Jens Terhaar

and 7 more

The ocean is a major carbon sink and takes up 25-30% of the anthropogenically emitted CO2. A state-of-the-art method to quantify this sink are global ocean biogeochemistry models (GOBMs) but their simulated CO2 uptake differs between models and is systematically lower than estimates based on statistical methods using surface ocean pCO2 and interior ocean measurements. Here, we provide an in-depth evaluation of ocean carbon sink estimates from 1980 to 2018 from a GOBM ensemble. As sources of inter-model differences and ensemble-mean biases our study identifies the (i) model set-up, such as the length of the spin-up, the starting date of the simulation, and carbon fluxes from rivers and into sediments, (ii) the ocean circulation, such as Atlantic Meridional Overturning Circulation and Southern Ocean mode and intermediate water formation, and (iii) the oceanic buffer capacity. Our analysis suggests that the late starting date and biases in the ocean circulation cause a too low anthropogenic CO2 uptake across the GOBM ensemble. Surface ocean biogeochemistry biases might also cause simulated anthropogenic fluxes to be too low but the current set-up prevents a robust assessment. For simulations of the ocean carbon sink, we recommend in the short-term to (1) start simulations in 1765, when atmospheric CO2 started to increase, (2) conduct a sufficiently long spin-up such that the GOBMs reach steady-state, and (3) provide key metrics for circulation, biogeochemistry, and the land-ocean interface. In the long-term, we recommend improving the representation of these metrics in the GOBMs.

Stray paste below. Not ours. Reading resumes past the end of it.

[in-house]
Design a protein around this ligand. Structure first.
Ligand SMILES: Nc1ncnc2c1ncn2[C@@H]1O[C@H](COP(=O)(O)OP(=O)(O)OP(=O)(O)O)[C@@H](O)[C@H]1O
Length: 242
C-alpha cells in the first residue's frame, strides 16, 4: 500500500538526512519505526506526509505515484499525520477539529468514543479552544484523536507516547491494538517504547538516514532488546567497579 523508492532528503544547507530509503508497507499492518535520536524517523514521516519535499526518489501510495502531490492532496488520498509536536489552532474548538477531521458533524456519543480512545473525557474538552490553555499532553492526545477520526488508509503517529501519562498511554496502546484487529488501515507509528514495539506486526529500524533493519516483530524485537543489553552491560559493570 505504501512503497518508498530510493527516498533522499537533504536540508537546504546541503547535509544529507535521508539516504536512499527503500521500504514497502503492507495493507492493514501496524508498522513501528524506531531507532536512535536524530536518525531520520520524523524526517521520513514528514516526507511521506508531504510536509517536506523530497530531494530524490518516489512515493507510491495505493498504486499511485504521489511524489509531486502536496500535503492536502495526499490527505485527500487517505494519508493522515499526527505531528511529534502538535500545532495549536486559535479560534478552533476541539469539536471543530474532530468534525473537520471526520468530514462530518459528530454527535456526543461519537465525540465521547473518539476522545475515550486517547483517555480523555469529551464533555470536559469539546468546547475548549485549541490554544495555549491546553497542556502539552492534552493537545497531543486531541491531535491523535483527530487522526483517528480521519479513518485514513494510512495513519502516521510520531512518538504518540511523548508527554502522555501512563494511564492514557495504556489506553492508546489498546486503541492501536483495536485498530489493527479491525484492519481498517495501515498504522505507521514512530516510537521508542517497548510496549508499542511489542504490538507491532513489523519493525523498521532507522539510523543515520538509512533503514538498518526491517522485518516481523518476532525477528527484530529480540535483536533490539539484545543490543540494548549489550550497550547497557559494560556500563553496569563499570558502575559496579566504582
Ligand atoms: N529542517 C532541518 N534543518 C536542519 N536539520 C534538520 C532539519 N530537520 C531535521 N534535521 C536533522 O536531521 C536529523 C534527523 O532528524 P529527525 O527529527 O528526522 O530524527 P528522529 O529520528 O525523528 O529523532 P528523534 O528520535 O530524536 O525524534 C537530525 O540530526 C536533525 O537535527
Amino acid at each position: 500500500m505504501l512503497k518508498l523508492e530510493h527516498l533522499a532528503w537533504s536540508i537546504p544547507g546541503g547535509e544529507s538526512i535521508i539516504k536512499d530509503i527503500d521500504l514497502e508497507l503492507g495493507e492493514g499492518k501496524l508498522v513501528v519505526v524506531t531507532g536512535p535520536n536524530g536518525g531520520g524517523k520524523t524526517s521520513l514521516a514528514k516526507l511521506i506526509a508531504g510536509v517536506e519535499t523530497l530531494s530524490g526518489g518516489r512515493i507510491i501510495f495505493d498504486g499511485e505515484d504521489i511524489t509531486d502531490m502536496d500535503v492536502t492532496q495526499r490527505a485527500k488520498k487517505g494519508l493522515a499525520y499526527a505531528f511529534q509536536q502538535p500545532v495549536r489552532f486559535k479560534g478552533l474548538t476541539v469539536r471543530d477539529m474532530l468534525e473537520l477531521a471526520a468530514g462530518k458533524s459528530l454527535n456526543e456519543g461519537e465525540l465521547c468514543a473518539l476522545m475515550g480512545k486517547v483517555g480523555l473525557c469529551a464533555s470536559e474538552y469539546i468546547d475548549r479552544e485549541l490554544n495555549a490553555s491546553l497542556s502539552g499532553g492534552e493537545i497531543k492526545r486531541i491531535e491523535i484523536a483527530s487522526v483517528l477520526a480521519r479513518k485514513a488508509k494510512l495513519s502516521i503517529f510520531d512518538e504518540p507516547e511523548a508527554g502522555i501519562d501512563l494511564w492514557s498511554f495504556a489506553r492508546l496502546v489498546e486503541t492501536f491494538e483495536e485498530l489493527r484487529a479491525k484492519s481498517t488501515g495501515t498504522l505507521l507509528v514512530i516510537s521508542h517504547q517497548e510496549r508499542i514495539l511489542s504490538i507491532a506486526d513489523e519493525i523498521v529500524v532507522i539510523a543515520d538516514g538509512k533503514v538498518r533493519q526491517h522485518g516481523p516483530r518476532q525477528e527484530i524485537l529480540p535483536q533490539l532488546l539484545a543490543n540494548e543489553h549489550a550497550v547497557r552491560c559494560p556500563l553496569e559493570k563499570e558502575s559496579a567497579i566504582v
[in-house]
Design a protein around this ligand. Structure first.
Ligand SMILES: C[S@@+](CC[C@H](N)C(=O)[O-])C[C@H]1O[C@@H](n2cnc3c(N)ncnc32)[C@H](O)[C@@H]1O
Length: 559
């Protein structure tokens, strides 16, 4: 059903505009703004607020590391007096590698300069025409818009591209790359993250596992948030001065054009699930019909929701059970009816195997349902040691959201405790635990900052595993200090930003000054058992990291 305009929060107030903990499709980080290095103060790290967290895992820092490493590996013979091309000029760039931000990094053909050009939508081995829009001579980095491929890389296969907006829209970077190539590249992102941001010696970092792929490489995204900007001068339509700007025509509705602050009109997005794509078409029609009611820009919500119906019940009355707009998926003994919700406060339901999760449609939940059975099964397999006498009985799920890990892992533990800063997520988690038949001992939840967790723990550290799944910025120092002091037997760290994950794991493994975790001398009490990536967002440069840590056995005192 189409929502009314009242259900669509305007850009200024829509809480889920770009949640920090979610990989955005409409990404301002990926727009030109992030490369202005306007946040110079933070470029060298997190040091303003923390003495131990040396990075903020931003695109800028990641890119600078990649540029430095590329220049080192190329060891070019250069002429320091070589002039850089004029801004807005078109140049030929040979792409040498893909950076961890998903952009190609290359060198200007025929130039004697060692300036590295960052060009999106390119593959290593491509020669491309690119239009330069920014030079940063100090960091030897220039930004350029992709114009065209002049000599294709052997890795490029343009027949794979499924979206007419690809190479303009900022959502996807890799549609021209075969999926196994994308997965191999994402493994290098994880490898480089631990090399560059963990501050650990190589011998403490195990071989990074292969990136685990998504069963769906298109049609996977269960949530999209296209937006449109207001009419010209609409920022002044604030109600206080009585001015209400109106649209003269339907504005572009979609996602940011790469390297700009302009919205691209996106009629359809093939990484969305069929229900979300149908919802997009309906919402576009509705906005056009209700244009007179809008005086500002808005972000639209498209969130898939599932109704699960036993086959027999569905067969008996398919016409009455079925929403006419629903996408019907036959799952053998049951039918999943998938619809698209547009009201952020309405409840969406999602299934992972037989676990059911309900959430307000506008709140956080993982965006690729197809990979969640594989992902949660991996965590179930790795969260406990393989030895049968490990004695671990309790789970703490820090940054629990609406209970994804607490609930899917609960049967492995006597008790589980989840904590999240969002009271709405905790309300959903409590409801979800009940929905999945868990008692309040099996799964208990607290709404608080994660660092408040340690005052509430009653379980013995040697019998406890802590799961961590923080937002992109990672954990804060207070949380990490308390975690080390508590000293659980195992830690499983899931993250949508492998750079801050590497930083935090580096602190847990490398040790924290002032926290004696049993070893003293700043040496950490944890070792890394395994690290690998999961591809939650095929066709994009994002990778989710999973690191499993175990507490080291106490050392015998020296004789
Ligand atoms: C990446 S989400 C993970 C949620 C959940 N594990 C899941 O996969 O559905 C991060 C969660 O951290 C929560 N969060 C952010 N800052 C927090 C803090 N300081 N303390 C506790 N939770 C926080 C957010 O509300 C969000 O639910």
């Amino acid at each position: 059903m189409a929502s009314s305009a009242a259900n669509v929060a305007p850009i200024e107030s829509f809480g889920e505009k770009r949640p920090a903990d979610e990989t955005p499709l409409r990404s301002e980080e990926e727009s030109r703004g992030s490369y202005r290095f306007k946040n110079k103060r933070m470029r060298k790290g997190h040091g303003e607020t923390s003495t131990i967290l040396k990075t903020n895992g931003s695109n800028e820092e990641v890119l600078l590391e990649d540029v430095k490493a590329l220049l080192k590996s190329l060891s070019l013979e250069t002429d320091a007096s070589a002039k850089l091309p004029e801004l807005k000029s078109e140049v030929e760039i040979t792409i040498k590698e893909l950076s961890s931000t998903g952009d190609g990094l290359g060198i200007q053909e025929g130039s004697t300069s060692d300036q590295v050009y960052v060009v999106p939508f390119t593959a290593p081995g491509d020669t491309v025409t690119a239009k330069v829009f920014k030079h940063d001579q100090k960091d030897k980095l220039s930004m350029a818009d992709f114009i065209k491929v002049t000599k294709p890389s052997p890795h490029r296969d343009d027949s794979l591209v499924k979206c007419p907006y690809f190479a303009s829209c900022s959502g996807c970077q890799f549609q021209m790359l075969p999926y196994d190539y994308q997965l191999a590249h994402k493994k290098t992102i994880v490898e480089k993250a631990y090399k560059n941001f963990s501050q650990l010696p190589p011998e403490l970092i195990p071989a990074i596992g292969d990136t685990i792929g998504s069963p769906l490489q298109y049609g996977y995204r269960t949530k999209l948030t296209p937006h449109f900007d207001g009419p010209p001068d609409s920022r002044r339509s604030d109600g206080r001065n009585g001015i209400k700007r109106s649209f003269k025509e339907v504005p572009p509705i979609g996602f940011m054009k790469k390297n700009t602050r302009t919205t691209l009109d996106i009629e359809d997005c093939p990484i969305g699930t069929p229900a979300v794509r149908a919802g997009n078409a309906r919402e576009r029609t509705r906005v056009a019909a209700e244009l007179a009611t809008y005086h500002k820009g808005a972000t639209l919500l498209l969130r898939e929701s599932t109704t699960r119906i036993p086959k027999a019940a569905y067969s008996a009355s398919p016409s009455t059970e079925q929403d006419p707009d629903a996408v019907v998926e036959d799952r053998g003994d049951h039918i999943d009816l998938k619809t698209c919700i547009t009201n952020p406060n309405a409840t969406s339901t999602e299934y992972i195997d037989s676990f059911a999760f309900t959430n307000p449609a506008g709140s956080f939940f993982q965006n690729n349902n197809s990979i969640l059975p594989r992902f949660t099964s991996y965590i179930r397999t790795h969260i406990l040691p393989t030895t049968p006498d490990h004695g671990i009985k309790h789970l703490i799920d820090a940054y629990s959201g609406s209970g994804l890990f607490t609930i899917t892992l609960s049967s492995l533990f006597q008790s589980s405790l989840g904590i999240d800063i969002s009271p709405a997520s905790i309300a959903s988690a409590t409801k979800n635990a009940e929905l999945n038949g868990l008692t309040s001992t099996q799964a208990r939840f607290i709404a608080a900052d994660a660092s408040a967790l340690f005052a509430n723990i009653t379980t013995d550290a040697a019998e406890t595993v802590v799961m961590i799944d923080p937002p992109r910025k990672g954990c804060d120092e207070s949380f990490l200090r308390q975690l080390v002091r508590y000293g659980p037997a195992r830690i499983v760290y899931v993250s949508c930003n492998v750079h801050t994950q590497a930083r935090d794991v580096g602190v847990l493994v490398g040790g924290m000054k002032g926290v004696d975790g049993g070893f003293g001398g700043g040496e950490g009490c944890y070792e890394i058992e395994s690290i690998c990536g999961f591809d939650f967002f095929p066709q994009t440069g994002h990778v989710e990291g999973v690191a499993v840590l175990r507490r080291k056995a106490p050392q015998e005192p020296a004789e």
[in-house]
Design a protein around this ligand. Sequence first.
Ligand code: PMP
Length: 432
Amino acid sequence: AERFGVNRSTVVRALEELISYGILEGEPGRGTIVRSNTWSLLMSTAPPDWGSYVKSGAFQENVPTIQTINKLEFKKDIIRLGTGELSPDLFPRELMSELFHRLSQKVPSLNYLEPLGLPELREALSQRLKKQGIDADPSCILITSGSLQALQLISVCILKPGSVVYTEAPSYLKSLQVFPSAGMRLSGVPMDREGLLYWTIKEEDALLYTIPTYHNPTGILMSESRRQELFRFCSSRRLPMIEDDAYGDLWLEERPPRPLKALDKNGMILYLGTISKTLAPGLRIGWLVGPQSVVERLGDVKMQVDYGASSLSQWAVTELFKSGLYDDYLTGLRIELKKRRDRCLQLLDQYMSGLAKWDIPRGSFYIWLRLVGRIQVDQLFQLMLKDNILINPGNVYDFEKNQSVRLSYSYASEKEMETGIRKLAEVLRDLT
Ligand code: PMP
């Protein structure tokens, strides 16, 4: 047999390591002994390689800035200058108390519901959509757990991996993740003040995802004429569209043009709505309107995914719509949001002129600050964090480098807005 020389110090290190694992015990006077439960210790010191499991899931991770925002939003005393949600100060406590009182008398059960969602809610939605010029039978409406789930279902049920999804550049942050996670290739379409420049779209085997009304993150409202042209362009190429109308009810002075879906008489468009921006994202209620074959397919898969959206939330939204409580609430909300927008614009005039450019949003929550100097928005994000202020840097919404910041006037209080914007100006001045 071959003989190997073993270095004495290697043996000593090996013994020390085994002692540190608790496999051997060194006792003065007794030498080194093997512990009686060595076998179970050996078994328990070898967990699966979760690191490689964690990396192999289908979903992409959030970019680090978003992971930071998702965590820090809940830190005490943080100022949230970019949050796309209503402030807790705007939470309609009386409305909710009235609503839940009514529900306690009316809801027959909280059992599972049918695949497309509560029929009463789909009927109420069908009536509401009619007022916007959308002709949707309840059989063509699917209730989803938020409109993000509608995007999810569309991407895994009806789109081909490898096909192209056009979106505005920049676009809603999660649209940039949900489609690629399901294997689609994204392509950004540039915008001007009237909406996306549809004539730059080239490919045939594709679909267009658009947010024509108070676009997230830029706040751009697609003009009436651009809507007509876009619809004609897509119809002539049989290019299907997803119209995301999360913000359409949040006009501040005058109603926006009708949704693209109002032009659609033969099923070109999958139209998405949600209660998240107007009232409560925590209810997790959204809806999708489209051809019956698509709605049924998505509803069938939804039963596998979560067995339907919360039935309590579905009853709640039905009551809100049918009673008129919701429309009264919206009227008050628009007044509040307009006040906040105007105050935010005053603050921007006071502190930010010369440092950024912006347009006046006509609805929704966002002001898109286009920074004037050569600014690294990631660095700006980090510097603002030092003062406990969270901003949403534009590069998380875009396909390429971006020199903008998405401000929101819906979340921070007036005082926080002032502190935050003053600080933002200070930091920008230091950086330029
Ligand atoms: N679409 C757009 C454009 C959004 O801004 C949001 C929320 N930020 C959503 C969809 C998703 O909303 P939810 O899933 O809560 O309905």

Jens Daniel Müller

and 13 more